The UN’s poverty inspector has pulled no punches with his criticism of the UK government’s policies and drastic cuts to social support, warning that they are entrenching people in poverty and “inflicting unnecessary misery”.
Special rapporteur on extreme poverty and human rights Philip Alston delivered his initial findings today following a two-week tour of the UK to assess hardship in nine English cities as well as Wales, Northern Ireland and Scotland.
He reported that 14 million people, a fifth of the population, live in poverty. Four million of these are more than 50 per cent below the poverty line, and 1.5 million are destitute, unable to afford basic essentials. After years of progress, poverty is rising again, with child poverty predicted to rise seven per cent between 2015 and 2022. Homelessness is up 60 per cent since 2010, and food banks are also rapidly multiplying.
Streaming live on Friday: the UN Special Rapporteur's preliminary findings on the UK. During our 12-day visit, the Special Rapporteur on extreme poverty and human rights has investigated the Government’s efforts to tackle poverty in the UK, the impact of austerity measures, Universal Credit, Brexit, and an increasingly digital government on people living in poverty. Tune in on Friday, November 16th at 12pm GMT to watch the press conference.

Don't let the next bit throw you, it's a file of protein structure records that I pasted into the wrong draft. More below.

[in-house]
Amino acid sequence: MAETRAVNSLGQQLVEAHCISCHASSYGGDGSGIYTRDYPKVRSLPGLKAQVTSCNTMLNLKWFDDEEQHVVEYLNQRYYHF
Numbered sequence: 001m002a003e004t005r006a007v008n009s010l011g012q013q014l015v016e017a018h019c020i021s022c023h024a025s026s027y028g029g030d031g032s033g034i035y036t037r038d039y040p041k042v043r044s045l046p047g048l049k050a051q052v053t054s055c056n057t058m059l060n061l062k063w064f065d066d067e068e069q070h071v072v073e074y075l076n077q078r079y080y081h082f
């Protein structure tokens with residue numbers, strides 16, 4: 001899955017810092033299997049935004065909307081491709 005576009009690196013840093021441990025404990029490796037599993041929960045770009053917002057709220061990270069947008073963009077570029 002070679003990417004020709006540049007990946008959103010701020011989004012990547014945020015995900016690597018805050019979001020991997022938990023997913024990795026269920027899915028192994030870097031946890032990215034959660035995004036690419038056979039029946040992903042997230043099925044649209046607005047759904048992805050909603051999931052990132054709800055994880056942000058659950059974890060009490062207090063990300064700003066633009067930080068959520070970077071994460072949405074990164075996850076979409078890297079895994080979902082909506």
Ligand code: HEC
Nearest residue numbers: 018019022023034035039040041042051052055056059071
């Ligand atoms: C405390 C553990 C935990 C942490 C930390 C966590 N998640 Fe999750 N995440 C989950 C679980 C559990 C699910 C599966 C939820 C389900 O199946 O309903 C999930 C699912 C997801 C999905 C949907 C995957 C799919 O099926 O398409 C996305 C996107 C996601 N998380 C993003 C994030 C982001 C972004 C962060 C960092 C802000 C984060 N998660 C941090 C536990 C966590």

Posted by Philip Alston on Friday, November 16, 2018
Alston targeted child poverty as well, describing the predicted seven per cent rise in rates by 2022 as “staggering”. He said: “In the fifth richest country in the world, this is not just a disgrace, but a social calamity and an economic disaster, all rolled into one.”
The result was a scathing attack on Universal Credit, demanding that the five-week waiting period for a first payment should be abolished immediately. He also revealed a third of claimants give up on the digital-only application process before receiving payment – a situation Alston suggested, “The DWP would be happy with because it means paying less benefits”.